The color-coded warning flags used in Destin are those employed throughout the Sunshine State: They were established by the Florida Coastal Management Program in consultation with the U.S. Lifesaving Association, the International Life Saving Federation, and the Florida Beach Patrol Chiefs Association to enhance the safety of beachgoers and define a standardized, statewide color-coding system of flags to minimize confusion.
There are four colors used to relay information about current conditions along Destin’s beachfront:
Green = Low Hazard
While green flags signify calm waters, you still need to be cautious while swimming, cognizant of your physical abilities, and aware of any changing conditions.
Yellow = Medium Hazard
If you’re wondering, “Well, what does a yellow flag mean at the beach?” — A yellow flag warns you of moderate currents and/or surf. As the official Destin-Fort Walton Beach site notes, you should avoid waters knee-deep or deeper on yellow-flag days.
Red = High Hazard
High surf and/or strong currents warrant red flags, which means you should avoid going in the water. Two red flags posted? That means waters are officially off-limits, with potential legal consequences for disobeying.
Purple = Dangerous Marine Life
While, technically, a purple flag on a beach warns of “stinging marine life” such as jellyfish, Portuguese man ‘o wars, or stingrays, purple flags may also be posted to alert beachgoers to other potentially dangerous organisms such as sharks. (See our discussion below.)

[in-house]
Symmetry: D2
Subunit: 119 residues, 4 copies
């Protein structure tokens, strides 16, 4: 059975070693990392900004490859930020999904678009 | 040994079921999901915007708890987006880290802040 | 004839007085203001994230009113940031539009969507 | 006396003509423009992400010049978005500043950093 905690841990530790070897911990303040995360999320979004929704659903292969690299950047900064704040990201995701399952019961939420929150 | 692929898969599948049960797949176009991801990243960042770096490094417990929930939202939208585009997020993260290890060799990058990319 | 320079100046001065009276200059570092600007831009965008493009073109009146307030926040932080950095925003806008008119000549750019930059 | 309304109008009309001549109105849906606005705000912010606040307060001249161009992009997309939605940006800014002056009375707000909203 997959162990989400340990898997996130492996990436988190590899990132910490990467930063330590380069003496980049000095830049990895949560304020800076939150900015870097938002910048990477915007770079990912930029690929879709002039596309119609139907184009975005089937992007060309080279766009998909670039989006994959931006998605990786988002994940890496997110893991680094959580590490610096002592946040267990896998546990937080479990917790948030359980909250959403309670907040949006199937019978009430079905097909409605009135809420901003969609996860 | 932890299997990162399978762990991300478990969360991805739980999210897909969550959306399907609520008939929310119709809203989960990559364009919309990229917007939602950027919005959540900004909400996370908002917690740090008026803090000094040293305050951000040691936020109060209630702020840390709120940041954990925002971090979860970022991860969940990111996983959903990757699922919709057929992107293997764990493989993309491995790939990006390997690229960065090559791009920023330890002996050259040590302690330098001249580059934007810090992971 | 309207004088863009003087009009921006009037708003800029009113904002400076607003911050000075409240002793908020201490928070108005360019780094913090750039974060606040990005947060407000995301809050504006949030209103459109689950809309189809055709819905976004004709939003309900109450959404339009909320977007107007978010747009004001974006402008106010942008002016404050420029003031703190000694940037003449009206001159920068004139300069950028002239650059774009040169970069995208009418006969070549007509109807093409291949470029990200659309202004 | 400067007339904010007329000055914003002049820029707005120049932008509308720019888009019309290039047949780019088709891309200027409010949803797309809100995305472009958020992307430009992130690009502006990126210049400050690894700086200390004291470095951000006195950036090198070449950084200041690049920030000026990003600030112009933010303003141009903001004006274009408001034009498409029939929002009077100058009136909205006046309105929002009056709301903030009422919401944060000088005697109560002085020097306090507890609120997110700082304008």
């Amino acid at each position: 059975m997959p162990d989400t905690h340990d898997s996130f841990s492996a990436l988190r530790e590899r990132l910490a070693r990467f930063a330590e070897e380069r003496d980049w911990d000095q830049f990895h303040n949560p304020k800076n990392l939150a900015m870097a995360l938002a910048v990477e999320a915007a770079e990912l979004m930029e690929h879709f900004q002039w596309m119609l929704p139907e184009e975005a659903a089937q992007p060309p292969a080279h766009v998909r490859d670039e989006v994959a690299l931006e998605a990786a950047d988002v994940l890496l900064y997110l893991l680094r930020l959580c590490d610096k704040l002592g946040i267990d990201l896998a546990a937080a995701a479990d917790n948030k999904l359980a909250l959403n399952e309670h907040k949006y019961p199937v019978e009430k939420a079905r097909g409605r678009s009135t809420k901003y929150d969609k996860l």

You’ll also see permanent warning signs about rip currents when visiting Destin-area beaches. Rip currents describe strong flows of water muscling away from shore. They’re sometimes mistakenly called “riptides,” though they aren’t a tidal current, as well as “undertows,” though an undertow technically refers to the deeper, outgoing current of water below incoming surface currents and is thus a misnomer.
Rip currents are often invisible to the untrained eye, but you can sometimes identify them as channels of flatter, less-roiled water in between sections of waves.
Although they’re a significant cause of drowning, rip currents are also one of the marine dangers for which you can very effectively take life-saving measures on your own. If you find yourself caught in a rip current—being pulled away from shore—the important thing is to avoid panicking and resist the urge to fight the flow. A rip current won’t suck you underwater; it drowns people when they put all their energy into attempting to swim against it, thus exhausting themselves.